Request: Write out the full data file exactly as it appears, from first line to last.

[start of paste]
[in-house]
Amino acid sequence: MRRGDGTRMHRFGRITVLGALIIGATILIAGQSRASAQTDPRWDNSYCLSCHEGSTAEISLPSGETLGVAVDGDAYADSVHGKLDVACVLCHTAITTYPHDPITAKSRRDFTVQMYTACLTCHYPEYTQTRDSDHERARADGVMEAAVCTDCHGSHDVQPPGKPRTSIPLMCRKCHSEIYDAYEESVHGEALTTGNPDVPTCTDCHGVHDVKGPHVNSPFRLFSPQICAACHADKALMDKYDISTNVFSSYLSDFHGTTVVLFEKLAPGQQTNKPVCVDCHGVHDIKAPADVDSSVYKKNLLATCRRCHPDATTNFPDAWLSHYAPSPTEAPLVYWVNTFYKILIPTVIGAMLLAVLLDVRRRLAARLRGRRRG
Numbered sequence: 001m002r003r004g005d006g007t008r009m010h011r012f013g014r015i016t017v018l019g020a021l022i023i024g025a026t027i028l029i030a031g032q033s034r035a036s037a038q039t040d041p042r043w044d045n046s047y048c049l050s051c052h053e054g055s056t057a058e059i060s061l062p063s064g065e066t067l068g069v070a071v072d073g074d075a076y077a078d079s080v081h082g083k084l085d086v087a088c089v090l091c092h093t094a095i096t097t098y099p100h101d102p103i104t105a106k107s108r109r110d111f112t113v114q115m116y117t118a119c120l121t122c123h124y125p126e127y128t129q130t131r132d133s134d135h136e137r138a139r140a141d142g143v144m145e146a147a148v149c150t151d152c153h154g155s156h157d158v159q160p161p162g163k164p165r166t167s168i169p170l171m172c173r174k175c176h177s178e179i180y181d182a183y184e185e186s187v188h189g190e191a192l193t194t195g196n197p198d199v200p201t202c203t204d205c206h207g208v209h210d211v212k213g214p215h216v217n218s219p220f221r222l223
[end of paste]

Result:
[in-house]
Amino acid sequence: MRRGDGTRMHRFGRITVLGALIIGATILIAGQSRASAQTDPRWDNSYCLSCHEGSTAEISLPSGETLGVAVDGDAYADSVHGKLDVACVLCHTAITTYPHDPITAKSRRDFTVQMYTACLTCHYPEYTQTRDSDHERARADGVMEAAVCTDCHGSHDVQPPGKPRTSIPLMCRKCHSEIYDAYEESVHGEALTTGNPDVPTCTDCHGVHDVKGPHVNSPFRLFSPQICAACHADKALMDKYDISTNVFSSYLSDFHGTTVVLFEKLAPGQQTNKPVCVDCHGVHDIKAPADVDSSVYKKNLLATCRRCHPDATTNFPDAWLSHYAPSPTEAPLVYWVNTFYKILIPTVIGAMLLAVLLDVRRRLAARLRGRRRG
Numbered sequence: 001m002r003r004g005d006g007t008r009m010h011r012f013g014r015i016t017v018l019g020a021l022i023i024g025a026t027i028l029i030a031g032q033s034r035a036s037a038q039t040d041p042r043w044d045n046s047y048c049l050s051c052h053e054g055s056t057a058e059i060s061l062p063s064g065e066t067l068g069v070a071v072d073g074d075a076y077a078d079s080v081h082g083k084l085d086v087a088c089v090l091c092h093t094a095i096t097t098y099p100h101d102p103i104t105a106k107s108r109r110d111f112t113v114q115m116y117t118a119c120l121t122c123h124y125p126e127y128t129q130t131r132d133s134d135h136e137r138a139r140a141d142g143v144m145e146a147a148v149c150t151d152c153h154g155s156h157d158v159q160p161p162g163k164p165r166t167s168i169p170l171m172c173r174k175c176h177s178e179i180y181d182a183y184e185e186s187v188h189g190e191a192l193t194t195g196n197p198d199v200p201t202c203t204d205c206h207g208v209h210d211v212k213g214p215h216v217n218s219p220f221r222l223